Quick Look

Identification of Compressor Load-Step Effects on NOx Emissions and Efficiency, 03-9337

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Principal Investigators
Gary D. Bourn (Tom Boberg)
Jack A. Smith
Ralph E. Harris

Inclusive Dates: 07/15/02 - 11-18-02

Background - SwRI conducted a program to investigate integrated engine and compressor controls entitled "Integrated Engine and Compressor Controls." The projects were funded by the Gas Machinery Research Council (GMRC) and Pipeline Research Council International (PRCI) under SwRI's annual GMRC research contract. The objective of the program was to investigate the feasibility of implementing advanced and integrated controls on a compressor unit to enhance efficiency, reduce emissions, and extend the structural life of the unit. During the conduct of this program, a phenomenon was observed that resulted in engine fuel efficiency and NOx emissions being affected by compressor load-step when the unit was operated at constant load. An SwRI-funded Quick-Look Internal Research Project was initiated to obtain additional data to explain the physics that caused this affect and propose solutions to the gas compressor industry.

Approach - A Clark TLA-6 inline six-cylinder, turbocharged and aftercooled two-stroke natural gas fueled integral compressor engine was utilized for this project. The engine was coupled to four double-acting integral compressors via the crankshaft. Testing was conducted in a manner similar to the previous project, but with additional instrumentation that included compressor and power cylinder pressure transducers for crank-angle-resolved measurement in each cylinder. These dynamic pressure measurements provided the additional data to diagnose the root cause of the shift in NOx emissions with load step, and compressor imbalance.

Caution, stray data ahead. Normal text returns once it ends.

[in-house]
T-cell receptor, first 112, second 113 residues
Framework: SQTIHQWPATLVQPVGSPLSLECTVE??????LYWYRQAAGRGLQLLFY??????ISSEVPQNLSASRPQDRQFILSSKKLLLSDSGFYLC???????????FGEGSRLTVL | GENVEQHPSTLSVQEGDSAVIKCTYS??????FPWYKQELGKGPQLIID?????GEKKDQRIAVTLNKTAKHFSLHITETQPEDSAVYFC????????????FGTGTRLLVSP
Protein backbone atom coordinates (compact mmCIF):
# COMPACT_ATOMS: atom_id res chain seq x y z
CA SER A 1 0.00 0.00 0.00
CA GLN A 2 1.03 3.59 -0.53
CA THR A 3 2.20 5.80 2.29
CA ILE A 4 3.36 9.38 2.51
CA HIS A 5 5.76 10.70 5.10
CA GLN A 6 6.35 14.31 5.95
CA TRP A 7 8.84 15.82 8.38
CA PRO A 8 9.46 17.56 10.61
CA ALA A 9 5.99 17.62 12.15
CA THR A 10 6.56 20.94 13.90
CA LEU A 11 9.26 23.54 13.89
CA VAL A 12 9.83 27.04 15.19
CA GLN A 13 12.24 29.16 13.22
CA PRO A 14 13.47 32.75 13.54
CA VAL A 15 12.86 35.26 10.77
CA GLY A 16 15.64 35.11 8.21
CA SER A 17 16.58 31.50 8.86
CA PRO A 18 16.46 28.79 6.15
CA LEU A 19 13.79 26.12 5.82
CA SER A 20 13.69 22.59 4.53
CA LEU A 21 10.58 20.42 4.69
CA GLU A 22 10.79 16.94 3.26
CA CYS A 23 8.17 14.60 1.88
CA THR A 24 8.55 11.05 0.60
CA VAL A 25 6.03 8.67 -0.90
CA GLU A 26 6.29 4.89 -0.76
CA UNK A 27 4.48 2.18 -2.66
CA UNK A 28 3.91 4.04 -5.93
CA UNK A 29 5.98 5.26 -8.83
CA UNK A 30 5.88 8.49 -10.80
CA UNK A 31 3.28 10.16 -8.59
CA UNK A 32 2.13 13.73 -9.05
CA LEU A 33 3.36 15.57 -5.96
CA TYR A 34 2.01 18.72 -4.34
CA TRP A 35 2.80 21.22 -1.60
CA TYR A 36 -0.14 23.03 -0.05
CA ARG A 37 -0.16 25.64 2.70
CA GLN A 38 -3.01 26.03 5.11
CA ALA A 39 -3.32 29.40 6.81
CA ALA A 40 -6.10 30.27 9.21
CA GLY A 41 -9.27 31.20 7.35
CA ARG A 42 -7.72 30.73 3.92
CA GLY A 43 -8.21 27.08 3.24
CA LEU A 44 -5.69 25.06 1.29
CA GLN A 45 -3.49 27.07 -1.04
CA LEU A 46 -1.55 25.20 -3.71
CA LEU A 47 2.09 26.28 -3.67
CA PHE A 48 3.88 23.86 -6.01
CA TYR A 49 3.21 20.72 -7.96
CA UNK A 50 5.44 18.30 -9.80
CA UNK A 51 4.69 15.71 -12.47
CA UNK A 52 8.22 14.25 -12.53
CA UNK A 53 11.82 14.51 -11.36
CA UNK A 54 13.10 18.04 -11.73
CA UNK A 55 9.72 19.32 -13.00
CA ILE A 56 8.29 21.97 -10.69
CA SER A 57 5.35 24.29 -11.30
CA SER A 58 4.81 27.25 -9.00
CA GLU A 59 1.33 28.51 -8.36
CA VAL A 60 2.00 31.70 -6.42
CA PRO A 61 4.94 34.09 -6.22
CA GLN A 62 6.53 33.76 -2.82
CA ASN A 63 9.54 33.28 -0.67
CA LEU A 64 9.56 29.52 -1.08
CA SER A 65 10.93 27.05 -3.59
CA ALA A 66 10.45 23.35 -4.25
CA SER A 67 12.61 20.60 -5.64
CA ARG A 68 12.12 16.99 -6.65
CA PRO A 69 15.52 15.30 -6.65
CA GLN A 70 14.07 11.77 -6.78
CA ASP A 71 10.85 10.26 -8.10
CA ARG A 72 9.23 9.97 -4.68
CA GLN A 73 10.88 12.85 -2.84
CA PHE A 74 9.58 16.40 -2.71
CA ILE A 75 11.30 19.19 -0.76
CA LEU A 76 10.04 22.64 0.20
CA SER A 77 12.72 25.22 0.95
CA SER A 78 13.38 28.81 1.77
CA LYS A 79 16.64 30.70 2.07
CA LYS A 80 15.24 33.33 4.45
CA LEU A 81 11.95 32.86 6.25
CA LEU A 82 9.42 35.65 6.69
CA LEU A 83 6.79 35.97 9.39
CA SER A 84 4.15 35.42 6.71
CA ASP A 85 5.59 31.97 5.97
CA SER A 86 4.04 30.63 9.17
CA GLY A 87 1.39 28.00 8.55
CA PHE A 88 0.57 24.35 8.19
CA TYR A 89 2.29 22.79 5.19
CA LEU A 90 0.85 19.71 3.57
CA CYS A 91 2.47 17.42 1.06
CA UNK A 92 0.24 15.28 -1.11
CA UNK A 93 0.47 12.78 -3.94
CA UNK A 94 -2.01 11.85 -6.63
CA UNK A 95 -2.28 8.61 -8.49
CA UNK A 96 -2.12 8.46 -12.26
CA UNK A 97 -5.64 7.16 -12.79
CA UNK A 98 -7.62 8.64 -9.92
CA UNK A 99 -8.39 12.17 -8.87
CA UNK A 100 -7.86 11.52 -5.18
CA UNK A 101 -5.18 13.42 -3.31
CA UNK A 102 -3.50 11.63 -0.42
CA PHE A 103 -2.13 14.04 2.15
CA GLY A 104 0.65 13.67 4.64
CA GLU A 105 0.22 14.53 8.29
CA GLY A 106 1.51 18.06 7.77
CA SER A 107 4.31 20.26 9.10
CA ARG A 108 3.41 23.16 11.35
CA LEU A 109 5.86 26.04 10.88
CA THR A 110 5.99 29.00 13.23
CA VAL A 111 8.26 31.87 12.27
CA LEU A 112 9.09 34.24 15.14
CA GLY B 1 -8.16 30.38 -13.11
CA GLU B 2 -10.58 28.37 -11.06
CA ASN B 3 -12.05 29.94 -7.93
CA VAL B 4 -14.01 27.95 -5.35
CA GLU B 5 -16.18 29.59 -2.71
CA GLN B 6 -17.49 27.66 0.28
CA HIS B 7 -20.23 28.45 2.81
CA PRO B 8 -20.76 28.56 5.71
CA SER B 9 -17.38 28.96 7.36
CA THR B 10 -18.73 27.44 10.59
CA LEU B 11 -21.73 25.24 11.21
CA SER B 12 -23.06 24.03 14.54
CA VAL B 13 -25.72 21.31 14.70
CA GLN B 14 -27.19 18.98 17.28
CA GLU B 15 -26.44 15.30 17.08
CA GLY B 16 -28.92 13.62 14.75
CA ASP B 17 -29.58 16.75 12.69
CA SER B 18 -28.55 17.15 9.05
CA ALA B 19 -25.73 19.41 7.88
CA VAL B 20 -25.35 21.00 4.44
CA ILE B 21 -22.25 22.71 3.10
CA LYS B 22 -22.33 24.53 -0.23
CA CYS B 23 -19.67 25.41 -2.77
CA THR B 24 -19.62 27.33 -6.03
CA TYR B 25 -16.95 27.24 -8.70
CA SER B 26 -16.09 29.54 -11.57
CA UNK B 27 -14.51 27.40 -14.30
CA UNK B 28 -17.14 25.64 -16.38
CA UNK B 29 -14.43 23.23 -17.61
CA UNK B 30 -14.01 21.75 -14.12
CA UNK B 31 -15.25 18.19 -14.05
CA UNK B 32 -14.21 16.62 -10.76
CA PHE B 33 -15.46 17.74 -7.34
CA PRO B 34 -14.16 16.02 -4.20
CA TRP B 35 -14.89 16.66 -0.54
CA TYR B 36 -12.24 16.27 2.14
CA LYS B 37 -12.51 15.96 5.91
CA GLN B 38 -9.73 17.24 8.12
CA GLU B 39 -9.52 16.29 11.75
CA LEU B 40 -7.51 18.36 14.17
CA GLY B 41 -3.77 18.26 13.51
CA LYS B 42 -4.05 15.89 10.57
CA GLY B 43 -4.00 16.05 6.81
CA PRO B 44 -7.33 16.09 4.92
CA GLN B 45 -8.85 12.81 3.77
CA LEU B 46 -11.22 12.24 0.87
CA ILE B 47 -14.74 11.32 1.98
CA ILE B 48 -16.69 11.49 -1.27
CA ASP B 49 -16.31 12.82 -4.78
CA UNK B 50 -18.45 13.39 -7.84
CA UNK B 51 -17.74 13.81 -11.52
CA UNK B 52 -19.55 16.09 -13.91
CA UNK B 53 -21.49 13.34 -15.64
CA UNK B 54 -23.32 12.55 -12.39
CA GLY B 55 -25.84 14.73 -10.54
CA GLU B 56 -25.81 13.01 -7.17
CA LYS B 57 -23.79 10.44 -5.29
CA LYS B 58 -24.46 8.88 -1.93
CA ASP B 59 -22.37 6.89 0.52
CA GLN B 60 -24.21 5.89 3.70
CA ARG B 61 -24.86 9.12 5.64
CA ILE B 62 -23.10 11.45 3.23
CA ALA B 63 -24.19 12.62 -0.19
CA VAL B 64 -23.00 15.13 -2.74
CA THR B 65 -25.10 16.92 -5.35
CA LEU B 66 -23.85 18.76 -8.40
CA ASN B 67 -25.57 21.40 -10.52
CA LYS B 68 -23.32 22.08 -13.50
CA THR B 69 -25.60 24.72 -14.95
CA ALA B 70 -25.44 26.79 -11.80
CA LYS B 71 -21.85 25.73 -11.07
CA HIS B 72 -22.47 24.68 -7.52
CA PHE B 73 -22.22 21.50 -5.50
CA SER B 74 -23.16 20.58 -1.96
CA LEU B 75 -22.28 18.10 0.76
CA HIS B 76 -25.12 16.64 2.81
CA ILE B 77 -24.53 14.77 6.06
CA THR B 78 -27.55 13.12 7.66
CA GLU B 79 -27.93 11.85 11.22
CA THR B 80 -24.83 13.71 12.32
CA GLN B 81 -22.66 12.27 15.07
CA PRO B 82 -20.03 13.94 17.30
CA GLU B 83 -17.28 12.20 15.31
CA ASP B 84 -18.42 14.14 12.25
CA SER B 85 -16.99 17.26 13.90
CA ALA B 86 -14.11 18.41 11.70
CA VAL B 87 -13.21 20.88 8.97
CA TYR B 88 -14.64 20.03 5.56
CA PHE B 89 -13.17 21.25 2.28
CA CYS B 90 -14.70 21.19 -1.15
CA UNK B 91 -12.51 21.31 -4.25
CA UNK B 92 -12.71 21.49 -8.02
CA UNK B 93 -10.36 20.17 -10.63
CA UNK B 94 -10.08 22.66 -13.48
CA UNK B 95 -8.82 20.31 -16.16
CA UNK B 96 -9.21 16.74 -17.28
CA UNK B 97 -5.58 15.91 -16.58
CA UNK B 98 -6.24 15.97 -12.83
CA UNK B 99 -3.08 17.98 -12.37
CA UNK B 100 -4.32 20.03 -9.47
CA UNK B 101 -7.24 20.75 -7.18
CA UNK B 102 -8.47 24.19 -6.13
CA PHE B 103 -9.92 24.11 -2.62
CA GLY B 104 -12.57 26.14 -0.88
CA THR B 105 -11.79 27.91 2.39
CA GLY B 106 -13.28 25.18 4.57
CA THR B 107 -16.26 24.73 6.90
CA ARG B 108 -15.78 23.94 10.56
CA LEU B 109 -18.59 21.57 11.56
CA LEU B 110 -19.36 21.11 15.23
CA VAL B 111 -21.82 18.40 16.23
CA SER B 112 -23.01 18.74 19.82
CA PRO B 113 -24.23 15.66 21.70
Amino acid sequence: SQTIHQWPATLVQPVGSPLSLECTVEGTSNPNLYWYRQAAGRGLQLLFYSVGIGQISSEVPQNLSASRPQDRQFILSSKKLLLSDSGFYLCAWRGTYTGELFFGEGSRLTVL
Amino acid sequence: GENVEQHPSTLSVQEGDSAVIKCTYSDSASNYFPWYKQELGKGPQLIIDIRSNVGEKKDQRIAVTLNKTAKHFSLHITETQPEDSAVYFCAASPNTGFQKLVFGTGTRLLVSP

Accomplishments - Data analysis indicated no significant effect of load step at the rated engine speed and load, as observed in the previous project. Detailed analysis of the crank-angle resolved power cylinder pressure data confirmed that no step effect should have been observed. However, data analysis at reduced speeds and/or loads indicated clear shifts in the NOx emissions and fuel efficiency with load step. The data acquired at the unbalanced Load Step #2 confirmed higher NOx emissions as observed in the previous project. The power cylinder pressure-based data did not show a cylinder to cylinder deviation as initially expected, and in fact suggested that the NOx emissions shift could be correlated to variations in the mean horsepower. Horsepower deviated slightly between load steps due to difficulties in setting compressor suction pressure precisely for an exact match of the horsepower.

The data acquired in this QLIR program indicates that the two-stroke integral compressor engine is highly sensitive to small deviations in horsepower. Based on these results, additional load-step investigations have been made part of a follow-on program currently funded by the Department of Energy, PRCI, and GMRC.

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